Is there more quantative easing on the way?
Despite Carney's pledge not to tighten rates until unemployment slips to 7%, sterling has climbed recently, as have government borrowing costs. Why the mismatch? %VIRTUAL-SkimlinksPromo%
SuspicionIn July the Bank of England described market predictions of interest rate climbs as "unwarranted", which Mark Carney re-emphasised again last week. It's a big change in communication: rarely has the Bank of England declared so emphatically the direction of future policy-making.
Carney is committed to monetary activism, intervening in the markets whenever necessary. (His role as Governor of the Bank of Canada was testament to that.) In contrast, predecessor Mervyn King rarely discussed future rate rises, or falls.
Clearly there is suspicion the economy will recover its moxie sooner than Carney thinks, which is partly why markets don't believe Carney can sit on UK interest rates for so long (which may risk triggering a new consumer credit boom, even with an economy still highly bruised in places from the last financial crisis).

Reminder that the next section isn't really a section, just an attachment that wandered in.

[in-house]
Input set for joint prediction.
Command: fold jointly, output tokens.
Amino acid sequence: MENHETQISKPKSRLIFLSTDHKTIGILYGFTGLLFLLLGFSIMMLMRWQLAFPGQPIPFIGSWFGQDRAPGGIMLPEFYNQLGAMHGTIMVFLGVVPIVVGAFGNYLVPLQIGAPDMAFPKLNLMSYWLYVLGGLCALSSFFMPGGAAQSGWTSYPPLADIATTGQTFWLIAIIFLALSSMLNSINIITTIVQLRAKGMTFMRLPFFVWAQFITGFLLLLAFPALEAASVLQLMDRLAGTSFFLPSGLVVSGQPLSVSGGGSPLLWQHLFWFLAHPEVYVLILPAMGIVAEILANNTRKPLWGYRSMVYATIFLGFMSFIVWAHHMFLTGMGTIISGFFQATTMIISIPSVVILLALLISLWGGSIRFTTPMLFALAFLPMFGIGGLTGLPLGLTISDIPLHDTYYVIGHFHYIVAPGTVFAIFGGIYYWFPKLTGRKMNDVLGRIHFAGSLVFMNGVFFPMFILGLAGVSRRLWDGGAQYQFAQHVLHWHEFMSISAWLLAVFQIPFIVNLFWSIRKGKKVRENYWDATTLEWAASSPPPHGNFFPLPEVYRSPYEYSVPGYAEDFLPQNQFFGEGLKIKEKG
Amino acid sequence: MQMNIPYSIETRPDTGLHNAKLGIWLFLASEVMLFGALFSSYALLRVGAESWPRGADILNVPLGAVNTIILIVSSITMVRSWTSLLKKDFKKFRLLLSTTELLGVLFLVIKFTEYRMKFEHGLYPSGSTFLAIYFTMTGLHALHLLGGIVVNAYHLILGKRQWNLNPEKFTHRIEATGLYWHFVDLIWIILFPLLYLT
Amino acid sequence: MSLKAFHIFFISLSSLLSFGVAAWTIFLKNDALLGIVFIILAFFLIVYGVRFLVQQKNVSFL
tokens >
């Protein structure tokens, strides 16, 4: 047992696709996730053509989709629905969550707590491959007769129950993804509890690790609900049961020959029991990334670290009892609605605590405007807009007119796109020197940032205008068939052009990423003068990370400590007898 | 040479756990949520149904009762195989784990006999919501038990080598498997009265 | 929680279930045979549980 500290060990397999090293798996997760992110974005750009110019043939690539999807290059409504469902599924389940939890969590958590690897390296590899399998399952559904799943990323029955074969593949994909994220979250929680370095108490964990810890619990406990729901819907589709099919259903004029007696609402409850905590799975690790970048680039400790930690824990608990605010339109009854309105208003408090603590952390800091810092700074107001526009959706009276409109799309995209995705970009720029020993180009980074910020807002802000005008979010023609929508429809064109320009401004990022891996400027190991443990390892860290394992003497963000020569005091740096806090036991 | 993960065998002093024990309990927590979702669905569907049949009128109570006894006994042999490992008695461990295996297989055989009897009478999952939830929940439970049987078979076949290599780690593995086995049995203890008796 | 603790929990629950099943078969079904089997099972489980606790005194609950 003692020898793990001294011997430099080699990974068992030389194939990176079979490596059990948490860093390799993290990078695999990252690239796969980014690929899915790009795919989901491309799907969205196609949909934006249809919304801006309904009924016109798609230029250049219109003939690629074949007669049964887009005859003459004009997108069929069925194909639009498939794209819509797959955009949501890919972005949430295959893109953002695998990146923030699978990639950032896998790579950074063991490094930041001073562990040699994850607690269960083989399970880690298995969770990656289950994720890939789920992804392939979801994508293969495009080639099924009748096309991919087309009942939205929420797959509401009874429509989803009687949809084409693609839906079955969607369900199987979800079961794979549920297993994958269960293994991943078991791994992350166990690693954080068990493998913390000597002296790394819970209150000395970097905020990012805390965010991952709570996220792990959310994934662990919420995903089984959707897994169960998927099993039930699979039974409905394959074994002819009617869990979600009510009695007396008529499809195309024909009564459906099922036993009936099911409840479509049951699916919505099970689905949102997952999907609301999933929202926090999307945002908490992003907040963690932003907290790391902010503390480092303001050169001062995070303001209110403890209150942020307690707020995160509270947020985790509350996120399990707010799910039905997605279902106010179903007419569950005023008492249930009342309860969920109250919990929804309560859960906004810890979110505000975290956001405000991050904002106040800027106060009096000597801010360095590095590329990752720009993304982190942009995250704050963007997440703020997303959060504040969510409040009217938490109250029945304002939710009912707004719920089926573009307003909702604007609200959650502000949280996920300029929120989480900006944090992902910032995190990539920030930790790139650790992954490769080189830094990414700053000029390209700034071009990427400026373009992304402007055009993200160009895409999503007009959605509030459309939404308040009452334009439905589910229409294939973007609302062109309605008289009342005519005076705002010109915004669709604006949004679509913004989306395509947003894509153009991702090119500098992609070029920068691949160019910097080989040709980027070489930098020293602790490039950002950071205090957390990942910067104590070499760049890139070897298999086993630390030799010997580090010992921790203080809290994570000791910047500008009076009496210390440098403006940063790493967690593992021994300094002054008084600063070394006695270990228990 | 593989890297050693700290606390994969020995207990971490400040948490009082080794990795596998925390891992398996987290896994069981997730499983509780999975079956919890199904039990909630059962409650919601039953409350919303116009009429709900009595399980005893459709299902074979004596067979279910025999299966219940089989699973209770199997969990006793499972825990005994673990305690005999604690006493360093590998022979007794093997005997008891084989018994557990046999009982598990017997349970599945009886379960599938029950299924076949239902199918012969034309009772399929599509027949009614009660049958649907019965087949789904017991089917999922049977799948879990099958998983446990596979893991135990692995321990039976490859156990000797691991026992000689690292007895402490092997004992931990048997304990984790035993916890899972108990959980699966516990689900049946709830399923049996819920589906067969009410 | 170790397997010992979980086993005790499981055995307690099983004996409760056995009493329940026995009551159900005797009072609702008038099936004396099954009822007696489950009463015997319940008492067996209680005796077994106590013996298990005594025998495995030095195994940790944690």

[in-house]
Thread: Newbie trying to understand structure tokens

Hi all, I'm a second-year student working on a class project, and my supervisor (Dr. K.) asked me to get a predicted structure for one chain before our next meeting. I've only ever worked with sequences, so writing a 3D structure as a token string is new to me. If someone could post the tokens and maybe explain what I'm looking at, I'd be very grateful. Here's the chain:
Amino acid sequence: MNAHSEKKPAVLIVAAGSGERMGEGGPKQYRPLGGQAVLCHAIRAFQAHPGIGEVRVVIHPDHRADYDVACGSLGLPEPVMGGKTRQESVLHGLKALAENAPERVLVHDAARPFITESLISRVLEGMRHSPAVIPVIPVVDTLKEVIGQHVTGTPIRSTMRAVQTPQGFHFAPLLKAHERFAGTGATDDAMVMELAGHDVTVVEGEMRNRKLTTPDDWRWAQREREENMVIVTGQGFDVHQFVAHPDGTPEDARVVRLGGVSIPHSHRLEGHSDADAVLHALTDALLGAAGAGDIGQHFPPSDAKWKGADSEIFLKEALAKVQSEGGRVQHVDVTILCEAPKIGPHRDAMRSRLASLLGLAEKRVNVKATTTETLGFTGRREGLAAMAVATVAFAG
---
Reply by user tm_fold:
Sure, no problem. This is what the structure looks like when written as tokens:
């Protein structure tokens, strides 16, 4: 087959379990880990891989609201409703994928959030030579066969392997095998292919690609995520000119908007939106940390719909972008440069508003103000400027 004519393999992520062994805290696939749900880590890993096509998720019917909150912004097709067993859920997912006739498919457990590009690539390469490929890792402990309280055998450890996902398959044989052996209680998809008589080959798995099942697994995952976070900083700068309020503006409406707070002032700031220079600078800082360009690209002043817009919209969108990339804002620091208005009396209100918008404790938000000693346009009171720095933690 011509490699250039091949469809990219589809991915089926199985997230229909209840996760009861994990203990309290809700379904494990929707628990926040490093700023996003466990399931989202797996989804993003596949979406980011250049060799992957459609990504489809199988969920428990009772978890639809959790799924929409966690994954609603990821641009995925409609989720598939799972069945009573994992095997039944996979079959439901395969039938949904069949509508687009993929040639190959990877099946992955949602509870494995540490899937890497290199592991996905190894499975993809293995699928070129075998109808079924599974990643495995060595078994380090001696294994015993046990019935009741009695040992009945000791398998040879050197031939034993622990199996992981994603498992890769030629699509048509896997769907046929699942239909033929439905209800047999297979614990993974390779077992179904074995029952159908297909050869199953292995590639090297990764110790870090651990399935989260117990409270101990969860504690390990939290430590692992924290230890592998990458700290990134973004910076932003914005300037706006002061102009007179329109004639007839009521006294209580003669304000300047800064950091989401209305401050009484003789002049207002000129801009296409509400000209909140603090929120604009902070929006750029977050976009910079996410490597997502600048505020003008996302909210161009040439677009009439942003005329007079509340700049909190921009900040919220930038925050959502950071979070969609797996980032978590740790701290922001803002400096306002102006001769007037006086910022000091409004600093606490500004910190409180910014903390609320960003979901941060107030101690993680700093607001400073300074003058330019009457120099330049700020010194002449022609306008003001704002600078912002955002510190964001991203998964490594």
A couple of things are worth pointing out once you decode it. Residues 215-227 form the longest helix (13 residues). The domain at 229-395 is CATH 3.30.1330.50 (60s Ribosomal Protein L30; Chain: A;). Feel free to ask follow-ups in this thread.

Smoke signals"If the market undermines it," [Carney's guidance] economist Alan Clarke told the Telegraph, "I don't think they'll hesitate to send more smoke signals out at the very least, or flex their muscles and do more QE. If the Governor moves, he'll probably bring several of the committee with him."
Any more quantative easing will not be popular with savers, many whom view the current cheap Bank of England money as an indirect tax, helping keep the UK housing market artificially high while real-world inflation climbs. Especially tough for those on fixed incomes.
The new George Osborne-backed Help to Buy scheme is increasingly viewed with nervousness in some quarters. Home ownership would be better stimulated by natural supply-and-demand rather than easier-to-fund deposit schemes, they argue, fuelling the risk of a new housing price bubble.